Return To Dollar Store Help

Friday April 30, 2010





     General Questions

     Accounts Receivable


     Fixed Assets and Equipment 



     Line of Credit

     Installment Loan

     Short-term Loan

     Long-term Loan 



     Endorser, Co-maker, Guarantor

     Warehouse Receipts

     Floor Planning

     Purchase Money Security Interest

     Real Estate

     Accounts Receivable


     Savings Accounts and Certificates of Deposit

     Life Insurance

     Stocks and Bonds 




     Covenants -- Negative and Positive

     Negotiating with the Lender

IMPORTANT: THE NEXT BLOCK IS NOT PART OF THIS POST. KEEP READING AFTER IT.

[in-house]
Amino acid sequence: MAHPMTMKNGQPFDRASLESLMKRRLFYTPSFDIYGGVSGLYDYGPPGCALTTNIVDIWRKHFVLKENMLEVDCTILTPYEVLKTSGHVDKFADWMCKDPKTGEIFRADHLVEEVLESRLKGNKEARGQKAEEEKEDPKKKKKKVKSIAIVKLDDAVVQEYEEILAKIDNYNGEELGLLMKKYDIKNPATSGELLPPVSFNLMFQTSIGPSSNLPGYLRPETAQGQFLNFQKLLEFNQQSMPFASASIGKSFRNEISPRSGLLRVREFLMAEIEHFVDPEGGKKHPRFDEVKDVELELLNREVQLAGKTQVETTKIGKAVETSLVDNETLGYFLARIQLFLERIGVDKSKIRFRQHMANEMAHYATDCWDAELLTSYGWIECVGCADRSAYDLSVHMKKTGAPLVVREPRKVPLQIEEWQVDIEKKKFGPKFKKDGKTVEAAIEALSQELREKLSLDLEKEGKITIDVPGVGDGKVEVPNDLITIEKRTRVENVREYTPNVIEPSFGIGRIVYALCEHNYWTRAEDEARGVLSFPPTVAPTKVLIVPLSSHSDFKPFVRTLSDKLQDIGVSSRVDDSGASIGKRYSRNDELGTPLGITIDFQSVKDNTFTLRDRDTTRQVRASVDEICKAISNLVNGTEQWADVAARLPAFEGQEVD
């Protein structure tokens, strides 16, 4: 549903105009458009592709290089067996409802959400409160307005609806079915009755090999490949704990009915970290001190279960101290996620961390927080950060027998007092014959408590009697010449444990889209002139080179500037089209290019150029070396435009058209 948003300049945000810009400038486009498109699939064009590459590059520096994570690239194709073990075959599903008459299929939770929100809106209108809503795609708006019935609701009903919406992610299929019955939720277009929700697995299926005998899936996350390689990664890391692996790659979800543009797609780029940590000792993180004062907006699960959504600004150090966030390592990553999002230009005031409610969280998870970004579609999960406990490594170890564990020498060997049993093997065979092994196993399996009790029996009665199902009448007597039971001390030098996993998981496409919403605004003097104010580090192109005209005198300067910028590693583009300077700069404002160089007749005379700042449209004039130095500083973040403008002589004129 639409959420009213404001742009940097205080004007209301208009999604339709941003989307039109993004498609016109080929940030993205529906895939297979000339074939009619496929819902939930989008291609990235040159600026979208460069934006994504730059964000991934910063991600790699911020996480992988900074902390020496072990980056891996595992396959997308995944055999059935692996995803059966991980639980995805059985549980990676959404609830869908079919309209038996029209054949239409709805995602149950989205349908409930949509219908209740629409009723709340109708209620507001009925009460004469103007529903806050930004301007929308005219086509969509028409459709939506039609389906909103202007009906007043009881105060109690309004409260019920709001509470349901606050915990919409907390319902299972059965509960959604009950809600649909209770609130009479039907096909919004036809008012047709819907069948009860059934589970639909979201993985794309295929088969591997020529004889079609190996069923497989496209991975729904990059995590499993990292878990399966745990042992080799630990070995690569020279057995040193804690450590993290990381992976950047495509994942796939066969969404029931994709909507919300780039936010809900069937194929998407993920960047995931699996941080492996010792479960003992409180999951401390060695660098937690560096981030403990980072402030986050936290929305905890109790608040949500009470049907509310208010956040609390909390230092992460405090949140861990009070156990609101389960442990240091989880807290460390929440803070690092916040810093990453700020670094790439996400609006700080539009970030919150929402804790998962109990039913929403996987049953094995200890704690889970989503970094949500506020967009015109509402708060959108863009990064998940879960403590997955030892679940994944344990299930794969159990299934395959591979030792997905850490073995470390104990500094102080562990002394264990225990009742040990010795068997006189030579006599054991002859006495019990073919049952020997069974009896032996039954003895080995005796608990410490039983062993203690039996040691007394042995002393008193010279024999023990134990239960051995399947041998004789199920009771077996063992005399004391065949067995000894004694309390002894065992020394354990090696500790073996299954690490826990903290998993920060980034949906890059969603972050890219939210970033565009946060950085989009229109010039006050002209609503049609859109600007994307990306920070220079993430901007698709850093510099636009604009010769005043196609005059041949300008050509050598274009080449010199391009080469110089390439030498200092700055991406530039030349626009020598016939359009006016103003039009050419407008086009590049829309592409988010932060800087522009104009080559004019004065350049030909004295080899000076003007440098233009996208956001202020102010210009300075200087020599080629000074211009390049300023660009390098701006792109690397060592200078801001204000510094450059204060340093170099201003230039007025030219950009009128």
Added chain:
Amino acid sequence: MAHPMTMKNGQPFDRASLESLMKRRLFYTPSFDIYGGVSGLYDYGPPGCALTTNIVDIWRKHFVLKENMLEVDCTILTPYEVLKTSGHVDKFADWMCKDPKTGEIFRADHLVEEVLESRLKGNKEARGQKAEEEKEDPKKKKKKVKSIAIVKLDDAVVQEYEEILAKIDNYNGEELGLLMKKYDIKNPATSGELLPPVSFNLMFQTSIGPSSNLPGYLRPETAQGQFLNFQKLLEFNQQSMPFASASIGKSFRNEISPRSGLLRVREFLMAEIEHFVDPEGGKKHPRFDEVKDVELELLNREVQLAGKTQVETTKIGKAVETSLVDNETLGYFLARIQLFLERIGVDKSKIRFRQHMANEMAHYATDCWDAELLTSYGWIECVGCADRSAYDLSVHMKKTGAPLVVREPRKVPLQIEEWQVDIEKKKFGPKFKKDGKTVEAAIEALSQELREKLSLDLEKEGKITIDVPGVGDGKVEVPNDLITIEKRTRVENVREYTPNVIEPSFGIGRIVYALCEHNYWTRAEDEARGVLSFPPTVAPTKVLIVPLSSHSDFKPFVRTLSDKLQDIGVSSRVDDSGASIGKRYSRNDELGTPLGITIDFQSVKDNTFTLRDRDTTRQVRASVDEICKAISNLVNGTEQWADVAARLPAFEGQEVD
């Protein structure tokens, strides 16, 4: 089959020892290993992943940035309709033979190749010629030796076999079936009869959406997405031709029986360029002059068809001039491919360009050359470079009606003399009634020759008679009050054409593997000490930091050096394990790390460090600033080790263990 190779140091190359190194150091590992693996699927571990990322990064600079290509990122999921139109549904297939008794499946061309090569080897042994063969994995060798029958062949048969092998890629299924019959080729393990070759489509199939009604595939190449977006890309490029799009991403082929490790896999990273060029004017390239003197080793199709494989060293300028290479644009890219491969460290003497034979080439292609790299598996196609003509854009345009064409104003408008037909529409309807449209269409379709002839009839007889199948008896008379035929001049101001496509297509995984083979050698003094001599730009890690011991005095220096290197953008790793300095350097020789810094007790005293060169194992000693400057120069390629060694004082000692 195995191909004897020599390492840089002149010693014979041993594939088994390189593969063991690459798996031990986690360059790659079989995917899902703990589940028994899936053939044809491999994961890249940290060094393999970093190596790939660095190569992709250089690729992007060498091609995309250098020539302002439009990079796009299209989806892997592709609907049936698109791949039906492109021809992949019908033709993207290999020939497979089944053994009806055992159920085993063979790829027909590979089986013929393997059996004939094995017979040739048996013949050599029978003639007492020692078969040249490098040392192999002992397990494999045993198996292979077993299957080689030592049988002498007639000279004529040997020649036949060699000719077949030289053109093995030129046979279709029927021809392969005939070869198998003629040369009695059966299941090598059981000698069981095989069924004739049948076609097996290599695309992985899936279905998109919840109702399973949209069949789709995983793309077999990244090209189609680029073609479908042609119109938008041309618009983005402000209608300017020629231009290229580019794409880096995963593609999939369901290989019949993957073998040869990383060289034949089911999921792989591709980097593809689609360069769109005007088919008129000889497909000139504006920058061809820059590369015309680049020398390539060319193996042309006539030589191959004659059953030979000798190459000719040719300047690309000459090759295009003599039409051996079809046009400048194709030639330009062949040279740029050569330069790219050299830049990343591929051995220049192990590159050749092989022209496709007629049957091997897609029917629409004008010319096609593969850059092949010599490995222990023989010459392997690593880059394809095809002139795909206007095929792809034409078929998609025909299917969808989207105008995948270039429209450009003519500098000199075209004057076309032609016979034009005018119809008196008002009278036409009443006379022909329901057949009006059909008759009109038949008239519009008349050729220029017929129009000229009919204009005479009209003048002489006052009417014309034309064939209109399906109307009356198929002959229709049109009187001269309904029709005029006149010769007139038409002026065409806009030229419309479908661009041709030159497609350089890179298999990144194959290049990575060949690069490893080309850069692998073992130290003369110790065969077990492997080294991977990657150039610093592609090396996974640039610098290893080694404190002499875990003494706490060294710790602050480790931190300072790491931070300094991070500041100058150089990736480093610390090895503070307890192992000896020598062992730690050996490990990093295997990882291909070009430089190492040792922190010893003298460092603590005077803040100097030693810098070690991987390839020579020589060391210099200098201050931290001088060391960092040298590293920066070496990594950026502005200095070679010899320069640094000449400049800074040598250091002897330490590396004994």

All businesses, no matter what size, will at some time need to raise more money. For small businesses, the owner may be able to dip into his or her personal savings, or friends may be able to lend the needed money. Usually, however, the owner will have to look to outside sources for financing. IS YOUR FIRM CREDIT WORTHY? Obtaining money when you need it is as necessary to the operation of your business as a good location or an adequate labor force. Before a bank will lend you money, the loan officer must feel satisfied with the answers to the following questions. What is your character -- will you want to repay the loan?How capable are you in managing the business -- will you be able to repay the loan? What is the specific purpose of the loan? Is it a short- orl ong-term need? Do you have a clear financial plan and forecast showing why you need the loan and how you will pay it back? Is the loan request large enough to cover any unexpected change in your situation, but not so large that its repayment will be a heavy burden? What is the general economic outlook for your business and industry? Do you have a reasonable amount at stake in the business? What collateral is available to secure the loan amount? FINANCIAL INFORMATION REQUIRED BY LENDERS The two basic financial documents that lenders require are the balance sheet and the income statement. The balance sheet is the major yardstick for solvency and the income statement is the common measure of profits. Using these and other sources, lenders ask the following questions. General Questions Are the business's books and records up-to-date and in good condition? Does the business have a lawyer and/or accountant? Who are the customers and what percentage of total sales do the largest customers represent? Are all obligations paid promptly? What is the insurance coverage? Accounts Receivable What is the quality of the accounts receivable? Have any been pledged to another creditor? Are customers paying you promptly? Is there an allowance for bad debts? Inventory Can the merchandise be sold at full price? How much raw material is on hand? How much work is in progress? *How much of production is finished goods? *Is too much money tied up in inventory? *Is the inventory turnover in line with industry norms? Fixed Assets and Equipment What is the type, age and condition of the equipment? *What are the depreciation schedules? *What are the details of mortgages or leases? *What are the future fixed asset and equipment needs for the company? The lender scrutinizes the cash flow of the business to determine whether or not the owner-manager is providing sufficient cash to meet the firm's obligations. The lender also makes sure that cash needed for working capital is not being diverted to other areas, such as the acquisition of fixed assets, thereby reducing liquidity. WHAT TYPE OF LOAN? When you set out to borrow money for your firm, it is important to know the type of loan you want and its duration. There are two basic kinds of loans -- lines of credit and installment loans -- and two general categories of loan length -- short-term and long-term. The purpose for which the funds are to be used is a very important factor in deciding what kind of loan to request. There is also an important connection between the length of the loan and the source of repayment. Generally, short-term loans are repaid from the liquidation of the current assets (i.e., receivables, inventory) that are financed, while long-term loans are generally repaid from earnings. Line of Credit A line of credit is an arrangement in which the bank disburses funds as they are needed, up to a predetermined limit. The customer may borrow and repay repeatedly up to the limit within the approved time frame (usually one year). Installment Loan An installment loan is an agreement to provide a lump sum amount of money at the beginning of the loan. The loan is paid back in equal amounts over the course of a number of years. Short-term loan A short-term bank loan can be used for purposes such as financing a seasonal buildup in accounts receivable or inventory. Lenders usually expect these loans to be repaid after their purposes have been served: for example, accounts receivable loans when the outstanding accounts have been paid by the customers and inventory loans when the inventory has been sold and cash collected. Short-term loans are generally repaid in less than a year. Long-term loan A long-term loan is usually a formal agreement to provide funds for more than one year, and most are for an improvement that will benefit the company and increase earnings. An example is the purchase of a new building that will increase capacity or of a machine that will make the manufacturing process more efficient and less costly. Long-term loans are usually repaid from profits. COLLATERAL Sometimes your signature and general credit reputation are the only collateral the bank needs to make a loan. This type of loan in called unsecured. At other times, the bank requires a pledge of some or all of your assets as additional assurance that the loan will be repaid. This is called a secured loan. The kind and amount of collateral depends on the bank and on variables in the borrower's situation. Many types of collateral can be pledged for a secured loan. The most common are endorser, warehouse receipts, floor planning, purchase money security interest (PMSI) in furniture and/or equipment, real estate, accounts receivable inventory, savings accounts, life insurance policies, and stocks and bonds. Endorser, Co-maker, Guarantor A borrower may ask another person to sign a note in order to augment his or her credit. This endorser is then liable for the note: if the borrower fails to pay, the bank expects the endorser to pay. Sometimes the endorser may also be asked to pledge assets. A co-maker is an endorser who assumes an obligation jointly with the maker, or borrower. In this arrangement, the bank can collect directly from either maker or co-maker. A guarantor is an endorser who guarantees the payment of a note if the borrower does not pay. Both private and government lenders often require guarantees from officers of corporations in order to assure continuity of effective management. Warehouse Receipts A bank may take commodities as collateral by lending money on a warehouse receipt. The receipt is usually delivered directly to the bank and shows that the merchandise has either been placed in a public warehouse or has been left on your premises under the control of one of your employees who is bonded. Such loans are generally made on staple or standard merchandise that can be readily marketed. The typical loan is for a percentage of the cost of the merchandise. Floor Planning Merchandise -- such as automobiles, appliances and boats -- must be displayed to be sold, but the only way many small marketers can afford displays is by borrowing money. Such loans are often secured by a note and trust receipt. The trust receipt is used for serial numbered merchandise. It acknowledges receipt of the merchandise, shows agreement to keep the merchandise in trust for the bank and verifies the promise to pay the bank as the goods are sold. Purchase Money Security Interest If you buy expensive equipment, such as a cash register or a delivery truck, you may be able to get a loan using the equipment as collateral. (This kind of loan is also called a chattel mortgage.) The bank assesses the present and future market value of the equipment and makes sure it is adequately insured. Real Estate Real estate is another form of collateral, usually for long-term loans. In evaluating a real estate mortgage, the bank considers the market and foreclosure value of the property and its insurance coverage. Accounts Receivable Many banks lend money against accounts receivable; in effect, counting on your customers to pay your loan. The bank may take accounts receivable on a notification or non notification plan. Under the notification plan, the purchaser of the goods is informed by the bank that the account has been assigned and is asked to make payments directly to the bank. Under the non notification plan, customers continue to pay you and you pay the bank. Inventory Inventory is the merchandise, wares and any assets that can be liquidated of a retail, wholesale or manufacturing business that will provide a form of financial guarantee against the loan proceeds. Unless otherwise specified in the loan documents, plant and equipment (e.g., computers, cash registers, manufacturing equipment, telephones and other fixtures) can also be included as inventory to be held as collateral. Savings Accounts and Certificates of Deposit It is possible to get a loan by assigning a savings account to the bank. You assign the account and the bank keeps the passbook. If you assign an account at another bank as collateral, the lending bank asks the other bank to mark its records to show that the account is held as collateral. Life Insurance Another kind of collateral is the cash value of a life insurance policy, in which you assign the policy to the bank. Some people prefer to use life insurance as collateral rather than borrowing directly from the insurance company because a bank loan generally is easier to obtain and carries a lower interest rate. Stocks and Bonds Marketable stocks and bonds are also sources of collateral. Banks usually lend 75 percent or less on the value of high-grade stocks and up to 90 percent on government securities. The limits leave a cushion or margin for protection against declines. If the market value of the collateral does fall below a certain level, the bank may ask for additional collateral or a partial payment of the loan. THE LOAN AGREEMENT A loan agreement is a tailor-made document, fully stating all the terms and conditions of the loan. It gives the amount of the loan and terms of repayment, identifies the principle parties and lists any restrictions placed on the borrower. Limitations Banks often include limitations in a loan agreement that restrict what an owner can do. These limitations depend to a great extent on the company. If the company is a good risk, the limitations will be minimal. A higher risk company, on the other hand, will have greater limitations. The three principle limitations involve repayment terms, the use of collateral and periodic reporting. Limitations are spelled out in the covenant section. Covenants -- Negative and Positive Negative covenants are restrictions placed on the borrower by the lender. Some examples are limitations on the borrower's total debt, agreement not to pledge assets to other creditors and limitations on the amount of dividends that may be issued. Positive covenants are all actions the borrower must agree to. They include maintaining a minimum working capital, carrying adequate insurance, adhering to the repayment schedules and supplying the lender with regular financial statements and reports. Loan agreements can be amended from time to time and exceptions made. Certain provisions may be waived from year to year with the consent of the lender. Negotiating with the Lender Ask to see the papers before the loan closing. Reputable lenders will be glad to comply. While you're mulling over the terms you may want to get the advice of your associates and advisors. Discuss and negotiate the lending terms before you sign the loan agreement -- it is good practice, no matter how much you need the money. Chances are the lender may be willing to give on some of the terms; try to get terms with which you know your company can live. Remember, though, that once the loan is made, you are bound by it. GLOSSARY Accounts receivable -- Money your customers owe you that you have sent them a bill for. Bad debt -- Money owed to you that is not repaid. Cash flow -- The movement of money into and out of your business. Collateral -- Item (equipment, property, etc.) that is pledged to guarantee a loan. Covenant -- Prescription for action in a loan agreement. Current assets -- Money, inventory and equipment that will be used up in the short term (usually within one year). Depreciation schedule -- Accounting procedure for determining the amount of value left in a piece of equipment. Financial forecast -- Projection of revenues and expenses for the next one to five years. Financial plan -- Outline for how to use the money (capital) you have and how to raise the money you will need. Fixed assets -- Equipment, buildings, etc., that are purchased and used for long-term purposes. Inventory -- Merchandise that is purchased and/or produced and stored for eventual sale. Inventory turnover -- How often the inventory is sold and replenished in one year. Liquidation -- Sale of products or merchandise. Long term -- Period usually greater than one year. Obligation -- Money, merchandise or service owed to someone. Another term for debt. Short term -- Period usually one year or less. Solvency -- The ability to continue business. Working capital -- Cash and short-term assets that can be used for current needs (bills, etc.).